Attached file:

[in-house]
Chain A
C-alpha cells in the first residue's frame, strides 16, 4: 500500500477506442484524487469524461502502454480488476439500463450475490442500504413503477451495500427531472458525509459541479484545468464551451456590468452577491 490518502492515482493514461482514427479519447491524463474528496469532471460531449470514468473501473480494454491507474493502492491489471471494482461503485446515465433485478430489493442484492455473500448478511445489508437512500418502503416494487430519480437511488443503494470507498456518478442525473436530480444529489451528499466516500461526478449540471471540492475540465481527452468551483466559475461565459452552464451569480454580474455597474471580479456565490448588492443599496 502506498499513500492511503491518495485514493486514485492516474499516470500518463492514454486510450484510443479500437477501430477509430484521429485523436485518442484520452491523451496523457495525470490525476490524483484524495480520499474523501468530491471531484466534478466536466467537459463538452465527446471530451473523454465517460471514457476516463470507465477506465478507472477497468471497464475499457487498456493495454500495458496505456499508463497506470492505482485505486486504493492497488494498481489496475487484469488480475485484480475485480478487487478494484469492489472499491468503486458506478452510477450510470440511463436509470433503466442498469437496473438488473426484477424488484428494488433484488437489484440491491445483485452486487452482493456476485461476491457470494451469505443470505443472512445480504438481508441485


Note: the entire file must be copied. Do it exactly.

[in-house]
Chain A
C-alpha cells in the first residue's frame, strides 16, 4: 500500500477506442484524487469524461502502454480488476439500463450475490442500504413503477451495500427531472458525509459541479484545468464551451456590468452577491 490518502492515482493514461482514427479519447491524463474528496469532471460531449470514468473501473480494454491507474493502492491489471471494482461503485446515465433485478430489493442484492455473500448478511445489508437512500418502503416494487430519480437511488443503494470507498456518478442525473436530480444529489451528499466516500461526478449540471471540492475540465481527452468551483466559475461565459452552464451569480454580474455597474471580479456565490448588492443599496 502506498499513500492511503491518495485514493486514485492516474499516470500518463492514454486510450484510443479500437477501430477509430484521429485523436485518442484520452491523451496523457495525470490525476490524483484524495480520499474523501468530491471531484466534478466536466467537459463538452465527446471530451473523454465517460471514457476516463470507465477506465478507472477497468471497464475499457487498456493495454500495458496505456499508463497506470492505482485505486486504493492497488494498481489496475487484469488480475485484480475485480478487487478494484469492489472499491468503486458506478452510477450510470440511463436509470433503466442498469437496473438488473426484477424488484428494488433484488437489484440491491445483485452486487452482493456476485461476491457470494451469505443470505443472512445480504438481508441485